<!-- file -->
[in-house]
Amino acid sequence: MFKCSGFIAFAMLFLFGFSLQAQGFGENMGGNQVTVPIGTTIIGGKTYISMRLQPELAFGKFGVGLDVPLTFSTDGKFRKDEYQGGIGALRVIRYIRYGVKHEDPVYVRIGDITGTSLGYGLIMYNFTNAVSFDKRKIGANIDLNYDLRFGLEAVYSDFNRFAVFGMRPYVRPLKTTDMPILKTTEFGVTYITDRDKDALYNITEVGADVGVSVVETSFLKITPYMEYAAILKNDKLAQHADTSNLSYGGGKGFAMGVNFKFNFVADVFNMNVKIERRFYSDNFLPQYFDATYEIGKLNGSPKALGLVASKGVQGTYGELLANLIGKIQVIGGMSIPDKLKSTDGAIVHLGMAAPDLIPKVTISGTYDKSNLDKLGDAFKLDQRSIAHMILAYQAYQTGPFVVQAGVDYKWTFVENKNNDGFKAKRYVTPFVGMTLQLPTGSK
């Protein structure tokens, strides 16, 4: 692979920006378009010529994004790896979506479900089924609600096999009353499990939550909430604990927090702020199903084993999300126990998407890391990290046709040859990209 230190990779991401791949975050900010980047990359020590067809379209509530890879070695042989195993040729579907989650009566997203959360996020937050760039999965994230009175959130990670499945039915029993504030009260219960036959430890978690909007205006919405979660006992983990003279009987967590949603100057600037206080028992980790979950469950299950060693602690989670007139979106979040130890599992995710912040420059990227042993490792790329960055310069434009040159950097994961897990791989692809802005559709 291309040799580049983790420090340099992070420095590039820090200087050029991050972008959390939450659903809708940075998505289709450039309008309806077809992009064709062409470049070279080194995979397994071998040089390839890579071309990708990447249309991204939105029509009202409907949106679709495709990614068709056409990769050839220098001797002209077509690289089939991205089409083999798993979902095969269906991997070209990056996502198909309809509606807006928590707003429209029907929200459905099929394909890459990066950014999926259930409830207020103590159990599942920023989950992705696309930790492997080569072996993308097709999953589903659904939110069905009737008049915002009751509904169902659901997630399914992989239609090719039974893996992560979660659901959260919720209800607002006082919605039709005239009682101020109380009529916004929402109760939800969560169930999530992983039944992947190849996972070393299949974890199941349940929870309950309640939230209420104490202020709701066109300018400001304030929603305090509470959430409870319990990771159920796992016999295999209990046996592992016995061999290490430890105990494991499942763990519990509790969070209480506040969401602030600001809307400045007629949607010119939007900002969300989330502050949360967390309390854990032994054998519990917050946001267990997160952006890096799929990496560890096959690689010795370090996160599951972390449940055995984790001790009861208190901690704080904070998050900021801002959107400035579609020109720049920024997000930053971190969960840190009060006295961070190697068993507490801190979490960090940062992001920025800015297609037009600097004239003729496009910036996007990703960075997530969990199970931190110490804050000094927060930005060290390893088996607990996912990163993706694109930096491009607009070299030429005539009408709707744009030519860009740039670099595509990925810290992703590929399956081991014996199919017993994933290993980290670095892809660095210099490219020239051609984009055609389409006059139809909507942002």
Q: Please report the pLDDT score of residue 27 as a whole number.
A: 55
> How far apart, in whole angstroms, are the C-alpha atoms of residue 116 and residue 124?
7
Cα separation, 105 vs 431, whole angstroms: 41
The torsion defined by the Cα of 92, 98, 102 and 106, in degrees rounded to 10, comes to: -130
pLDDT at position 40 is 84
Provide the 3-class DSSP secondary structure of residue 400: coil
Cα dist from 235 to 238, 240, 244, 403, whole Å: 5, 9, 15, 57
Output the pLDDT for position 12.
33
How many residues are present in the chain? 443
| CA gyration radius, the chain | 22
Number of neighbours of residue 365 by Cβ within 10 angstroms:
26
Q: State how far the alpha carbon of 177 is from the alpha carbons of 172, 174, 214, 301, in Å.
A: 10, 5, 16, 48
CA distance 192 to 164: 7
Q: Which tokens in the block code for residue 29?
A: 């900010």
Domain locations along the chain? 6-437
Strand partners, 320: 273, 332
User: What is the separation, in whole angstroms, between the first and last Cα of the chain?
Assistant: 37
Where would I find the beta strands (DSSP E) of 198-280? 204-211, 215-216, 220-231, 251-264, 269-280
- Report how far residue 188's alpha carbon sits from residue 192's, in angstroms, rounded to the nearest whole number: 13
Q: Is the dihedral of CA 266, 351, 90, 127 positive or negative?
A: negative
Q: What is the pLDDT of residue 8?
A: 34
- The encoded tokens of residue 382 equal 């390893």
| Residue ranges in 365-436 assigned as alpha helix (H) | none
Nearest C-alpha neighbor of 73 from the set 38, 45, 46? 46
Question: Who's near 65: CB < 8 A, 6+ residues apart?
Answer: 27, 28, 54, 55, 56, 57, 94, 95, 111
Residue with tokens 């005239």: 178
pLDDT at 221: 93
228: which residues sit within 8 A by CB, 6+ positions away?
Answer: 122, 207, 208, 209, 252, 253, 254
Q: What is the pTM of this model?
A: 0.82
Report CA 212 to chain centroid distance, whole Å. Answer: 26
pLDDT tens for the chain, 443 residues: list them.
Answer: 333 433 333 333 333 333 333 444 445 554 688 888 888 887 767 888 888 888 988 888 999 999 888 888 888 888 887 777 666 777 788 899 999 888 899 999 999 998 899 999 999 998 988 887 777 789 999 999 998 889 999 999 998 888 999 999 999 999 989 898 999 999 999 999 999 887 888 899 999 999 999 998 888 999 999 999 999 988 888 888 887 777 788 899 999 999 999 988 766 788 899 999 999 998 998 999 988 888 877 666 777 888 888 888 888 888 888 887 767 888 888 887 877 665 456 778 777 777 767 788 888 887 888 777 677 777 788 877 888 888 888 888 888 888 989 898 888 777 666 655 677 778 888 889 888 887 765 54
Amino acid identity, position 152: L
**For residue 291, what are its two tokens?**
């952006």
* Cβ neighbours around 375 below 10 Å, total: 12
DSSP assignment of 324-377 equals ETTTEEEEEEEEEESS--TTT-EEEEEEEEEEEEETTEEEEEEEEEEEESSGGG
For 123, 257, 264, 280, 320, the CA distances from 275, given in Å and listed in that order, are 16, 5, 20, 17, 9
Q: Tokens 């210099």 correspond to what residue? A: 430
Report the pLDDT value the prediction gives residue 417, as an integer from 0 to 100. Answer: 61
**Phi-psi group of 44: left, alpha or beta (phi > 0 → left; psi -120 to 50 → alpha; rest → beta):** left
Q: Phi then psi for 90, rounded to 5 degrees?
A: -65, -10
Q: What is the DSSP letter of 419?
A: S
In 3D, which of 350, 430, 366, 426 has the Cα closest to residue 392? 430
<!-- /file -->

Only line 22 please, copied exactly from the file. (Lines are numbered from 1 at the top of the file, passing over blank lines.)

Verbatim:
Q: Which tokens in the block code for residue 29?